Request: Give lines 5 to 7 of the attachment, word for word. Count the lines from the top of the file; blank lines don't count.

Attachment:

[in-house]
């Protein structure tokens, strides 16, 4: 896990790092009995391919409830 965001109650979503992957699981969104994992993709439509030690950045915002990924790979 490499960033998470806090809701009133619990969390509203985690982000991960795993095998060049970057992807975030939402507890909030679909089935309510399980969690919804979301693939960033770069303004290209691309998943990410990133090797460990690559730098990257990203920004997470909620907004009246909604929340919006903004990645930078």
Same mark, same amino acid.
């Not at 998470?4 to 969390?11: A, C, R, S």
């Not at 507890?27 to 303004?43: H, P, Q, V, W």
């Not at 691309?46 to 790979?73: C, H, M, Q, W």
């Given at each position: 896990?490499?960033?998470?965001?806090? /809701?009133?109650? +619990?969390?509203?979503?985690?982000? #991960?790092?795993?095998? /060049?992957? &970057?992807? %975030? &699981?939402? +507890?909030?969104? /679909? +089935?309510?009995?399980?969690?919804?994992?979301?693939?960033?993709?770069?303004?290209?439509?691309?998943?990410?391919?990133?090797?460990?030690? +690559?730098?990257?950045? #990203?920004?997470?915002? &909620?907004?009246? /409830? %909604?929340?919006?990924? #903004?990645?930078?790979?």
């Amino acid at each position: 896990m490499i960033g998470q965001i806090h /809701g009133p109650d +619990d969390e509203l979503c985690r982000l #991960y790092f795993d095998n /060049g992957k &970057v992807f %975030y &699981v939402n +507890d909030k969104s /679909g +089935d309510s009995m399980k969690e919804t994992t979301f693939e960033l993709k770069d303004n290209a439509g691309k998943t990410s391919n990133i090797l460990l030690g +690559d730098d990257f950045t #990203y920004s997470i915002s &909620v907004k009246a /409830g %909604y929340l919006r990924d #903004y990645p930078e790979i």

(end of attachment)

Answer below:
């Not at 507890?27 to 303004?43: H, P, Q, V, W």
């Not at 691309?46 to 790979?73: C, H, M, Q, W």
């Given at each position: 896990?490499?960033?998470?965001?806090? /809701?009133?109650? +619990?969390?509203?979503?985690?982000? #991960?790092?795993?095998? /060049?992957? &970057?992807? %975030? &699981?939402? +507890?909030?969104? /679909? +089935?309510?009995?399980?969690?919804?994992?979301?693939?960033?993709?770069?303004?290209?439509?691309?998943?990410?391919?990133?090797?460990?030690? +690559?730098?990257?950045? #990203?920004?997470?915002? &909620?907004?009246? /409830? %909604?929340?919006?990924? #903004?990645?930078?790979?």